There's a star bias—and I don't think Stern cares who knows it.

Personally, I think this bias is absolutely real, and I think if documentation to prove it surfaced, the revelation would cause no more than a ripple—because everybody knows it's real. Even a casual fan can see star bias—ticky-tack foul calls, extra steps allowed on drives to the rim—simply by watching the games. It's an observable occurrence.

Personally, I don't think fans care much about the star bias, because they want their favorite heroes to light up the scoreboard.

 

Big-market franchise fixes

What about star franchises? What if it came out that Game 6 of the 2002 Western Conference Finals was indeed rigged in the Los Angeles Lakers' favor? What if it were revealed that the fold in the New York Knicks' 1985 draft envelope really was part of a Stern-engineered plan to send Patrick Ewing to the NBA's No. 1 market?

If I were Stern, and this were true, this is one of the two eventualities that would wake me up screaming. Because it might be a death knell for the NBA and for Stern himself.

The league would lose all credibility, so it's not beyond the realm of possibility to see the government stepping in and perhaps disbanding the NBA, on charges of misleading the public. Further, it's likely Stern would face a fine and jail time for some kind of criminal malfeasance.

But if it's true, why hasn't proof come out?

The toughest thing about a conspiracy is keeping it quiet. Edgar Allen Poe wasn't wrong when he wrote The Telltale Heart. Human conscience, consciously or subconsciously, has trouble keeping a secret when wrongdoing is involved.

Jed Jacobsohn/Getty Images
If the Kings-Lakers series were fixed, how has the league kept it under wraps so long?

However, while there could easily be one or two sociopaths involved in a conspiracy, who would not be compelled by their conscience to tell the truth, it would be difficult to imagine dozens. And I would think dozens would have to be involved in something as high-profile as this rigging is rumored to be.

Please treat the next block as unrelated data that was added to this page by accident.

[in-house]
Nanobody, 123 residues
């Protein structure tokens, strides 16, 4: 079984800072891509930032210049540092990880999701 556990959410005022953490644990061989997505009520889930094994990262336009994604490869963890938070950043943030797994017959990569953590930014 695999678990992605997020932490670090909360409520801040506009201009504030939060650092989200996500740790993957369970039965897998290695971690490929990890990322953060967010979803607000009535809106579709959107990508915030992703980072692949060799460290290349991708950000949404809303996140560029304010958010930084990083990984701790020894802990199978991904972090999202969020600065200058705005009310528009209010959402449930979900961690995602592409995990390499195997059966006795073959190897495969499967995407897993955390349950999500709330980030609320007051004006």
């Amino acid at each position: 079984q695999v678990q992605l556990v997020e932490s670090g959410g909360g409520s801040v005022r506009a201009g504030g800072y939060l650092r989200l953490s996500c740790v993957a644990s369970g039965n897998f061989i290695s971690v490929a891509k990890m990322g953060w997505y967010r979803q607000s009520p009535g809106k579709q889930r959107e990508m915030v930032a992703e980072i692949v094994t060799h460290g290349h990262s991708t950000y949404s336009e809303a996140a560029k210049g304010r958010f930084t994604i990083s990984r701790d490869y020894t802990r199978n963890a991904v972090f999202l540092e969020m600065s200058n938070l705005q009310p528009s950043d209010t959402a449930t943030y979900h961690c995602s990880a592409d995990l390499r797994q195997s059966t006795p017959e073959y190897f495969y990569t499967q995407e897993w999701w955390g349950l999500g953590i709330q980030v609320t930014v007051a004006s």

For example, some of the calls in that 2002 Sacramento Kings-Lakers game were so suspect, one would be hard-pressed to convince me they were unbiased.

And yet, how many people would have had to have known about a fix?

The referees for sure. Stern would have probably given the order, and certainly he doesn't talk to the referees directly, so some kind of chain of command would have been necessary to pass along that order. We're probably talking about half a dozen men and women at minimum to pull off this alleged fix.

This is not Richard Nixon's Watergate or John Grisham's The Firm. There's a reason David Stern bears no resemblance to Marlon Brando in The Godfather; it's because he lacks the power to rub people out if they talk.

What, then, is keeping those half-dozen or more people quiet ten years on? Pure greed? Heck, if that were the case, one of them could make NBA max-contract-type money by selling their story to the Enquirer and subsequently selling book and movie rights. No one has. So greed wouldn't seem to explain away the silence.

It flies in the face of logic that men who are hired to oversee justice on the court would so easily be given over to cheating. Is it possible? Yes. But no one has come forward—other than Donaghy, who had every reason in the world to want to implicate his bosses.

That makes me question the rigging conspiracy concept, even if as a fan it sure crosses my mind over and over again. (Show me that foul on Bill Laimbeer in Game 6 of the 1988 Finals, and I'll show you a bridge near the Barclays Center that has your name written all over it.)

Since the veracity of this rigging has not been, and seemingly cannot be, proven, there is only one other scenario that would have Stern popping Ambien like they were Pez.

 

Major-market team relocation

Why is this an illustration? Because LA doesn't have a football team. Could that happen in the NBA?

Can't happen to the NBA? It happened to the NFL. The Los Angeles market, unbelievably, is about to celebrate a one-decade anniversary without an NFL franchise. 

What if the Lakers got a sweetheart deal from Tampa Bay or Mexico City? Or if the Knicks got an offer they couldn't refuse from Montreal?

The NBA can't just deny such a request outright. The league would send a study of the relocation request to an appointed Board of Governors, made up of one person (usually the owner) from each of the 30 NBA franchises. What if the owner in question persuades 16 of his fellow owners to vote yes?

The franchises I mentioned are about as likely to relocate as Stern is to be voted People's Sexiest Man Alive. But stranger things have happened. And if a franchise did manage to get approved for relocation, it would wreak havoc with rivalries, scheduling, merchandising and broadcast deals.

Stern can control a lot of things. But he doesn't own the NBA. He's just the commissioner. And he's an owner's commissioner. If an owner decides to make a move, the mighty Stern himself has very limited power to do anything about it.

That makes him close to helpless.

I'm guessing given the control freak Stern has shown himself to be, from fining a team $250,000 for resting players, to sports' most stringent dress code, nothing has a chance of keeping the commish up at night more than feeling helpless.

Unless Stern starts thinking about his ultimate state of helplessness. That would be Feb. 1, 2014—the last day he'll have power in the NBA.